Afghan Tajik author, poet, artist, and playwright Youssof Kohzad is known for his works such as When God Created Beauty. Educated in art in Italy, he later traveled to places such as Russia and India, to showcase his works. He later moved to India as a refugee and then settled in the US.
Born to Afghan refugee parents in Iran, Fereshteh Forough initially majored in literature but then switched to computer science. She launched Afghanistan’s first all-female coding school, Code to Inspire. She has also been a Peace is Loud and TED Talk speaker and is a mentor at Google’s Made With Code initiative.
Afghan author Akram Osman was not just a contemporary intellectual who mingled Western themes and indigenous literary traditions in his short stories, but he also held a PhD in law and political science. His best-known works include Real Men Keep Their Word and The Hero and the Coward.
Former Afghan journalist Zakia Zaki was a prominent part of Afghan Radio Peace. A feminist and women’s rights activist, she is remembered as one of the first female Afghan journalists who were vocal against the Taliban. She was shot and killed in her home by unidentified gunmen, in her husband’s absence.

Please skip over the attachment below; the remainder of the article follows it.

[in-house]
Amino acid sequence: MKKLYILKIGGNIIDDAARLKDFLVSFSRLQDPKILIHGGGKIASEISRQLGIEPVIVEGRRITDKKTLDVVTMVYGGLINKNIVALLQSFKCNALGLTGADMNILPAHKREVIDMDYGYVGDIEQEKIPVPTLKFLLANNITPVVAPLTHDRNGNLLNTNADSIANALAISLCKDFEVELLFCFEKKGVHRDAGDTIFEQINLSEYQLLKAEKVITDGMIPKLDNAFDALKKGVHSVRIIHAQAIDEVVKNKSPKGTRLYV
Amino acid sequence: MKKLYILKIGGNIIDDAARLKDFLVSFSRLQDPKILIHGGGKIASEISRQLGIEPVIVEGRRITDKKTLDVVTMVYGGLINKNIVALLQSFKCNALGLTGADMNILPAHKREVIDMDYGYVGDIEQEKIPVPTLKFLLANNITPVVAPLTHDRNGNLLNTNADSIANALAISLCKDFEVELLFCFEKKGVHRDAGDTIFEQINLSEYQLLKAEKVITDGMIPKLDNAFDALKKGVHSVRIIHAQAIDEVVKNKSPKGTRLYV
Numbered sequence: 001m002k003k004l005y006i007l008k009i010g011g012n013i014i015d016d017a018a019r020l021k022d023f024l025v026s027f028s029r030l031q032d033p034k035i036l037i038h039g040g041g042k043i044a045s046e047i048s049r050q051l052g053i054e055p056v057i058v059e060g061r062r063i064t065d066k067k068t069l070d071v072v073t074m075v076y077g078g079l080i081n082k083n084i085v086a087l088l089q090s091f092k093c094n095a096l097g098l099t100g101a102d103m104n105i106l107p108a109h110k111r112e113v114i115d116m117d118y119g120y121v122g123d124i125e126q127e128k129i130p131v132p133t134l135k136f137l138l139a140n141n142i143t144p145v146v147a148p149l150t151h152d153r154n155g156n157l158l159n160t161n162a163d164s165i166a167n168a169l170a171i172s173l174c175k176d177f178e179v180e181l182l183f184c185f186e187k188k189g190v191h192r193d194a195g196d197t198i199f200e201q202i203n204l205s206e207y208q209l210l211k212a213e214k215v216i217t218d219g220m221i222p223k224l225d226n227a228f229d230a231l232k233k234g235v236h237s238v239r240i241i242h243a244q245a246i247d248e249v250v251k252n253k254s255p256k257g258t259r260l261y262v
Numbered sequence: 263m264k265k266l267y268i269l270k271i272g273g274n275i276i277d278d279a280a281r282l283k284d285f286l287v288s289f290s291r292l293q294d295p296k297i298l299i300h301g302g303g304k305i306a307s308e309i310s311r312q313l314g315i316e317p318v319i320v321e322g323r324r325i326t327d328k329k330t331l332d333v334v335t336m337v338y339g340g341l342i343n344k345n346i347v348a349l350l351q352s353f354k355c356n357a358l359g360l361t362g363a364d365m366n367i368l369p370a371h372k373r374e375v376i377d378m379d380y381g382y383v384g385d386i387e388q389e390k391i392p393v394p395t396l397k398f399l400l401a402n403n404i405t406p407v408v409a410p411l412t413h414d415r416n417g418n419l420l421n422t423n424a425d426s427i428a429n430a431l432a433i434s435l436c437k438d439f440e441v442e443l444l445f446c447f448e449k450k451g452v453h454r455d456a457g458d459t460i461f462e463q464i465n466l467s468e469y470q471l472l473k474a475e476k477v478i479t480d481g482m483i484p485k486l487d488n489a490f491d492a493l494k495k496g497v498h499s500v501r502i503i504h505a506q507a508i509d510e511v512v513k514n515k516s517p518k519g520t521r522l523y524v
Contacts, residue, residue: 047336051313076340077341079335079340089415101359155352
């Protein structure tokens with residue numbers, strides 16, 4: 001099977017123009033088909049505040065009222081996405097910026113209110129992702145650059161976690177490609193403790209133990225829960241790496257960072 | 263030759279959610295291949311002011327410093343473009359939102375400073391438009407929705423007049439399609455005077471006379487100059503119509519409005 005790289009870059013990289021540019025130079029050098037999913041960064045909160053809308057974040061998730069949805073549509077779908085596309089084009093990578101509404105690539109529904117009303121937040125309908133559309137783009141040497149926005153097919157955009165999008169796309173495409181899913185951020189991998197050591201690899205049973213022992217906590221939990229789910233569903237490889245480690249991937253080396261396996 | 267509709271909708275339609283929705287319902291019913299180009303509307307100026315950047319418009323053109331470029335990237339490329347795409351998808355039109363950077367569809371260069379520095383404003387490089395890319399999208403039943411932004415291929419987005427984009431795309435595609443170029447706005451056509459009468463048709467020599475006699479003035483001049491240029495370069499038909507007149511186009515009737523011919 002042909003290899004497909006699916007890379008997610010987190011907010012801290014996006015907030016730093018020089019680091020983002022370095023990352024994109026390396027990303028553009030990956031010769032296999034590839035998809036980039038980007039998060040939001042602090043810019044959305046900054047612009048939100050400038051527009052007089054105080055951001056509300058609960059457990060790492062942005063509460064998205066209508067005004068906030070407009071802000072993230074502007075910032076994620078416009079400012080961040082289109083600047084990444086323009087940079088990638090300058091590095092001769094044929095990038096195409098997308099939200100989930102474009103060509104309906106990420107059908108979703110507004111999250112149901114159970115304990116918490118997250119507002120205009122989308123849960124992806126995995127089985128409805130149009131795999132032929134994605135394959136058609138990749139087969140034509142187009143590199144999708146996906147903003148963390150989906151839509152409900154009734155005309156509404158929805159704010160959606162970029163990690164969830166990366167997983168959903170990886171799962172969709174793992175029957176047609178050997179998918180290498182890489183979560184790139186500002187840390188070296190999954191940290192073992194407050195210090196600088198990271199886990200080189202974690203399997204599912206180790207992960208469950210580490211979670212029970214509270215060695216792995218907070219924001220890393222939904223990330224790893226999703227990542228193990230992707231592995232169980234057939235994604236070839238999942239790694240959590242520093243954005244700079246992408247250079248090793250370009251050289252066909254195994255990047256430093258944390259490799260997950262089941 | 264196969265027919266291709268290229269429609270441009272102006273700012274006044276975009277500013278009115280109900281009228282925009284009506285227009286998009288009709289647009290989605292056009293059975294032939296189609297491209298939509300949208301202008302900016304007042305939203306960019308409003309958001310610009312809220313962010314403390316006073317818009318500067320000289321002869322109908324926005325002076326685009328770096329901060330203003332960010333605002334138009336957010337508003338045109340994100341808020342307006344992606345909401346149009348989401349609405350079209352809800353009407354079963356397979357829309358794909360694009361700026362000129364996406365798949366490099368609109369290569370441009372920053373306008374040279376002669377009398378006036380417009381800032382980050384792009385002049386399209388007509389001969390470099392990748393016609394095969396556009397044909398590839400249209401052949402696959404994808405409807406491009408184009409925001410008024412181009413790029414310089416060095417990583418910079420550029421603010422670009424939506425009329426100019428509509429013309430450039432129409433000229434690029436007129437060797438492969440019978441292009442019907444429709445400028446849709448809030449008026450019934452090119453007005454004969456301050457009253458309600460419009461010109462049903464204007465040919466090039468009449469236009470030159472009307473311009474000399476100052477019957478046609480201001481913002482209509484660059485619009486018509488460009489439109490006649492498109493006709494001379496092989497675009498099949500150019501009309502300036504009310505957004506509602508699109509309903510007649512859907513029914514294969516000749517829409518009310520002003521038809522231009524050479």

Iranian political activist Elham Yaghoubian is also a prolific author. She launched a social-media group named Iran-Israel Alliance of Nations, which later became a non-profit organization. She is also known for her novels, such as Ashk-e Sham and Tondbad e Sarnevesht, which talk about Persian women.
Afghan women’s rights activist and politician Azra Jafari scripted history as the country’s first female mayor. While she initially grew up as a refugee in Iran, she later went back to Afghanistan. She contributed to a couple of books, founded an elementary school, and also worked for a cultural magazine.
Afghan author and politician Masuma Esmati-Wardak has previously been a minister of education. She also became one of the first women to be part of the Afghan parliament. She has also served as the president of the Afghan Women's Council and is equipped with a business degree from the US.
Afghan author Sayyida Makhfi-Badakhshi wrote under the pseudonym Makhfi Badakhshi. She was an influential poet but couldn’t use her real name to write for fear of being attacked by extremists. She was known for her ghazals and is remembered for her works such as On Sayyida.
Afghan author Spôjmaï Zariâb, who is best known for her short stories, has been exiled in France since 1991. Initially a translator at the French embassy in Afghanistan, she fled to France during the Russian invasion. Her best-known works include The Man from Kabul and Babylon Reconquered.
Afghan-origin author, scriptwriter, and director Chabname Zariab moved to France as a child. She is best known for her works such as the novel The Afghan Pianist and the short film To the Sound of Bells. Her other notable works are the short films The Camel Boy and Hizia.